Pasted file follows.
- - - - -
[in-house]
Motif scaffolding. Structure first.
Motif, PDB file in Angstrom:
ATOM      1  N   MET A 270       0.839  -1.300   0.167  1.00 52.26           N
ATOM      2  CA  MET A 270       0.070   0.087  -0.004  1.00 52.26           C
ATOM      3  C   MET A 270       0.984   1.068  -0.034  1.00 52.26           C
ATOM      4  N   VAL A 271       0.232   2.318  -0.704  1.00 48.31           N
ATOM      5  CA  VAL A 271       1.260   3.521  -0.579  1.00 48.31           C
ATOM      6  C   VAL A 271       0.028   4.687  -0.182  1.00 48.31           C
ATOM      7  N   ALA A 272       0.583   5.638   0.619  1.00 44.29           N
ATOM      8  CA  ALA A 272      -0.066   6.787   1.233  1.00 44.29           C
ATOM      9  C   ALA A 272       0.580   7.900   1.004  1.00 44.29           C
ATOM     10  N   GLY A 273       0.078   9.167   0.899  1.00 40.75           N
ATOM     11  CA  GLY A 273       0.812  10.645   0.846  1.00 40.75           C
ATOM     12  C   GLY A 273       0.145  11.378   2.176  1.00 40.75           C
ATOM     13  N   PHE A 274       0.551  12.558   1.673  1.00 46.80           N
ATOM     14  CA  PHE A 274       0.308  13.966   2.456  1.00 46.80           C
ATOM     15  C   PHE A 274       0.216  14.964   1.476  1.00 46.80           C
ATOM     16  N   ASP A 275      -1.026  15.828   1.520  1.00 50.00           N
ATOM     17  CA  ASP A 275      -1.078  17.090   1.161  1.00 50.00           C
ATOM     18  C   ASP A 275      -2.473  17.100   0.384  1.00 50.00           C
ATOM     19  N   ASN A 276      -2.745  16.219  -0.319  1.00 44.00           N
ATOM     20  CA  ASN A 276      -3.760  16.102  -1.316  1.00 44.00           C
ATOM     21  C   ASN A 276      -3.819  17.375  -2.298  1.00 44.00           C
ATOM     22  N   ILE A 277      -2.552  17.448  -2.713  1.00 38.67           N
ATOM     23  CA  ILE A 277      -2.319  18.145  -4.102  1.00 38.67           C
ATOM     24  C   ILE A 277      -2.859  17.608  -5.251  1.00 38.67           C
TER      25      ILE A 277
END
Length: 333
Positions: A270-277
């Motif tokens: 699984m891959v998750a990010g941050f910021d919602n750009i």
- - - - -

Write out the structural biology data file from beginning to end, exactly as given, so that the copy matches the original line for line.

[in-house]
Motif scaffolding. Structure first.
Motif, PDB file in Angstrom:
ATOM      1  N   MET A 270       0.839  -1.300   0.167  1.00 52.26           N
ATOM      2  CA  MET A 270       0.070   0.087  -0.004  1.00 52.26           C
ATOM      3  C   MET A 270       0.984   1.068  -0.034  1.00 52.26           C
ATOM      4  N   VAL A 271       0.232   2.318  -0.704  1.00 48.31           N
ATOM      5  CA  VAL A 271       1.260   3.521  -0.579  1.00 48.31           C
ATOM      6  C   VAL A 271       0.028   4.687  -0.182  1.00 48.31           C
ATOM      7  N   ALA A 272       0.583   5.638   0.619  1.00 44.29           N
ATOM      8  CA  ALA A 272      -0.066   6.787   1.233  1.00 44.29           C
ATOM      9  C   ALA A 272       0.580   7.900   1.004  1.00 44.29           C
ATOM     10  N   GLY A 273       0.078   9.167   0.899  1.00 40.75           N
ATOM     11  CA  GLY A 273       0.812  10.645   0.846  1.00 40.75           C
ATOM     12  C   GLY A 273       0.145  11.378   2.176  1.00 40.75           C
ATOM     13  N   PHE A 274       0.551  12.558   1.673  1.00 46.80           N
ATOM     14  CA  PHE A 274       0.308  13.966   2.456  1.00 46.80           C
ATOM     15  C   PHE A 274       0.216  14.964   1.476  1.00 46.80           C
ATOM     16  N   ASP A 275      -1.026  15.828   1.520  1.00 50.00           N
ATOM     17  CA  ASP A 275      -1.078  17.090   1.161  1.00 50.00           C
ATOM     18  C   ASP A 275      -2.473  17.100   0.384  1.00 50.00           C
ATOM     19  N   ASN A 276      -2.745  16.219  -0.319  1.00 44.00           N
ATOM     20  CA  ASN A 276      -3.760  16.102  -1.316  1.00 44.00           C
ATOM     21  C   ASN A 276      -3.819  17.375  -2.298  1.00 44.00           C
ATOM     22  N   ILE A 277      -2.552  17.448  -2.713  1.00 38.67           N
ATOM     23  CA  ILE A 277      -2.319  18.145  -4.102  1.00 38.67           C
ATOM     24  C   ILE A 277      -2.859  17.608  -5.251  1.00 38.67           C
TER      25      ILE A 277
END
Length: 333
Positions: A270-277
């Motif tokens: 699984m891959v998750a990010g941050f910021d919602n750009i």